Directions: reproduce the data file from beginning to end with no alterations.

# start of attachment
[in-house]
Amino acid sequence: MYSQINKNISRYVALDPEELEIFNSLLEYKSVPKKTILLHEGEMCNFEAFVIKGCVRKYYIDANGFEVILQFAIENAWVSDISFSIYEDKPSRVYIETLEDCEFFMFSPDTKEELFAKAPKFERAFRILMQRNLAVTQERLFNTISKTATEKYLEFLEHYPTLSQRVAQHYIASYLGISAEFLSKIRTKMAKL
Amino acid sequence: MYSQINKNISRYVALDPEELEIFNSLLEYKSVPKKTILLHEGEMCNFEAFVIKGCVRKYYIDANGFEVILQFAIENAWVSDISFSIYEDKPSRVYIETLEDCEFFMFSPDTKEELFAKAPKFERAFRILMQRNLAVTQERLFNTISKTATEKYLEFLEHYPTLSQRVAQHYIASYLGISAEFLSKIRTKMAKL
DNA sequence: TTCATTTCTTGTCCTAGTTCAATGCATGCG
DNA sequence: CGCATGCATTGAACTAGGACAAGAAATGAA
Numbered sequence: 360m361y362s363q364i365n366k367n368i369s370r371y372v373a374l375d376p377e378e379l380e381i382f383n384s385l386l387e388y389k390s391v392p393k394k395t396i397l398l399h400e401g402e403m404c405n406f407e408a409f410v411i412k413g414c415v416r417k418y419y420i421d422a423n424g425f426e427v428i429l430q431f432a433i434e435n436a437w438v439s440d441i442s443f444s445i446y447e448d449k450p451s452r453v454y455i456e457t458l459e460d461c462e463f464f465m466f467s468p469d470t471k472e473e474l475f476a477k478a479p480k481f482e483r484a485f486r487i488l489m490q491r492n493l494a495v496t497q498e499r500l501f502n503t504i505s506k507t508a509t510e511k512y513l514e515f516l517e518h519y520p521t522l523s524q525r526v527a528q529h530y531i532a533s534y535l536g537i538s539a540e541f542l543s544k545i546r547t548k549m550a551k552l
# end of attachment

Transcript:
[in-house]
Amino acid sequence: MYSQINKNISRYVALDPEELEIFNSLLEYKSVPKKTILLHEGEMCNFEAFVIKGCVRKYYIDANGFEVILQFAIENAWVSDISFSIYEDKPSRVYIETLEDCEFFMFSPDTKEELFAKAPKFERAFRILMQRNLAVTQERLFNTISKTATEKYLEFLEHYPTLSQRVAQHYIASYLGISAEFLSKIRTKMAKL
Amino acid sequence: MYSQINKNISRYVALDPEELEIFNSLLEYKSVPKKTILLHEGEMCNFEAFVIKGCVRKYYIDANGFEVILQFAIENAWVSDISFSIYEDKPSRVYIETLEDCEFFMFSPDTKEELFAKAPKFERAFRILMQRNLAVTQERLFNTISKTATEKYLEFLEHYPTLSQRVAQHYIASYLGISAEFLSKIRTKMAKL
DNA sequence: TTCATTTCTTGTCCTAGTTCAATGCATGCG
DNA sequence: CGCATGCATTGAACTAGGACAAGAAATGAA
Numbered sequence: 360m361y362s363q364i365n366k367n368i369s370r371y372v373a374l375d376p377e378e379l380e381i382f383n384s385l386l387e388y389k390s391v392p393k394k395t396i397l398l399h400e401g402e403m404c405n406f407e408a409f410v411i412k413g414c415v416r417k418y419y420i421d422a423n424g425f426e427v428i429l430q431f432a433i434e435n436a437w438v439s440d441i442s443f444s445i446y447e448d449k450p451s452r453v454y455i456e457t458l459e460d461c462e463f464f465m466f467s468p469d470t471k472e473e474l475f476a477k478a479p480k481f482e483r484a485f486r487i488l489m490q491r492n493l494a495v496t497q498e499r500l501f502n503t504i505s506k507t508a509t510e511k512y513l514e515f516l517e518h519y520p521t522l523s524q525r526v527a528q529h530y531i532a533s534y535l536g537i538s539a540e541f542l543s544k545i546r547t548k549m550a551k552l